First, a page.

Great white sharks are fearsome at any size, but what about great whites that are reaching monstrous lengths of 20 feet? Or tiger sharks – the ever-hungry "dustbins of the sea" – that are growing a third larger than their usual size?
A new National Geographic Wild documentary attributes the increase in "megasharks" to "no-fishing zones," which are intended to protect marine creatures from the onslaught of the fishing industry. However, with an increasingly plentiful supply of prey, researchers are observing sharks in the Pacific Ocean growing to record lengths. And more countries are implementing shark sanctuaries to save these apex predators – some of which are close to extinction – from being hunted.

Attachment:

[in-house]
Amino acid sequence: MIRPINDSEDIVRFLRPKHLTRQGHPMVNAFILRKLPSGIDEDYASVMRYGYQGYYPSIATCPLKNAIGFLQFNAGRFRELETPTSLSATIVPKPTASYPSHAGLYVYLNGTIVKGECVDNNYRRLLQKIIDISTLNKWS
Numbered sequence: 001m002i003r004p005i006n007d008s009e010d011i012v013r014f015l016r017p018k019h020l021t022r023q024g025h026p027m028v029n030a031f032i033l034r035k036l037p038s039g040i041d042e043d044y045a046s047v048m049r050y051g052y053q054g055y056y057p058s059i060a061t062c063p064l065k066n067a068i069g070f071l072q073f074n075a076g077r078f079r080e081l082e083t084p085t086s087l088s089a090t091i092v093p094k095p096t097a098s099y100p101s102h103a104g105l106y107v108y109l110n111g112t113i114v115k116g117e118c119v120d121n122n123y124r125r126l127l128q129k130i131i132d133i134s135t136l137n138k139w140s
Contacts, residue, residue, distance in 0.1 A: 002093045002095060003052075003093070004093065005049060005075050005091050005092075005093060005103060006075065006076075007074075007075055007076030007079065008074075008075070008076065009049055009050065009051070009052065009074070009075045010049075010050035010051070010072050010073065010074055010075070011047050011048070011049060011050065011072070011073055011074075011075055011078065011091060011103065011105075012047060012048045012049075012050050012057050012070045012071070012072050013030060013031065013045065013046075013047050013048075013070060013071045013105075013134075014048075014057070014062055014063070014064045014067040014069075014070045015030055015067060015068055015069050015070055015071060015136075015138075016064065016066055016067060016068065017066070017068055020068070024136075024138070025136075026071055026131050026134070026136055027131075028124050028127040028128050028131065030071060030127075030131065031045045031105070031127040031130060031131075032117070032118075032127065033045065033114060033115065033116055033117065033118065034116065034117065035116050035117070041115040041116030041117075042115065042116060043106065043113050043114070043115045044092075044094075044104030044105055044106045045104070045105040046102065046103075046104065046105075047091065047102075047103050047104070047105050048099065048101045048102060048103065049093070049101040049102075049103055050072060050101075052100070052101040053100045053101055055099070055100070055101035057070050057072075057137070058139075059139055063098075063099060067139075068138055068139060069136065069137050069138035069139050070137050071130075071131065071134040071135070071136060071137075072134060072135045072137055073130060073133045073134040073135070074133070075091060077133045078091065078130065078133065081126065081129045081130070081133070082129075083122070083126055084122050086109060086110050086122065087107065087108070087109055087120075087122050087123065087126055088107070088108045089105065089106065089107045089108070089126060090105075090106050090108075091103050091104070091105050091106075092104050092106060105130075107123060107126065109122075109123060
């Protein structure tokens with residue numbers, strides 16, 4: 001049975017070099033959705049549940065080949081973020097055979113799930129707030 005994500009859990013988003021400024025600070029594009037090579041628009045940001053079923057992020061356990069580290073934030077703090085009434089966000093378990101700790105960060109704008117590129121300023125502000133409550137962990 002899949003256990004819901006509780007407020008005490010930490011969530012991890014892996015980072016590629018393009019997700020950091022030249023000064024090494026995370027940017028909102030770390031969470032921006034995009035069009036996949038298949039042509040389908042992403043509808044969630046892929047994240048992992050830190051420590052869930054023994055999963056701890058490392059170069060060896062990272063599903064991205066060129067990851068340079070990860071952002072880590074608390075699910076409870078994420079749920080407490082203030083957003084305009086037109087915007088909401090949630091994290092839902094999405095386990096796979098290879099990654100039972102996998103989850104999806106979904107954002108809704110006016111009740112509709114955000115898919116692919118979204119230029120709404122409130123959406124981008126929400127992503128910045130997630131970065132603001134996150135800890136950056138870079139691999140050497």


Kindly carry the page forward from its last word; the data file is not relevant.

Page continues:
In Great White v Tiger Shark, marine biologist Kori Burkhardt describes a 16-foot-long tiger shark she spotted near French Polynesia. The species usually has a maximum length of 12 feet. In Hawaii, sharks as long as 20 feet have been seen, though a large female usually has a maximum length of 16 feet. This could be linked to the banning of shark hunting there.
Researchers have also observed female great white sharks working together to hunt and eat prey, including whales. This could be another reason why the sharks seem to be thriving.
The WWF estimates that 100 million sharks are killed annually. One of the main attractions is their fins, which are used in the delicacy shark fin soup and in traditional Eastern medicine.
For comparison, the shark in Jaws is supposed to be 25 feet long.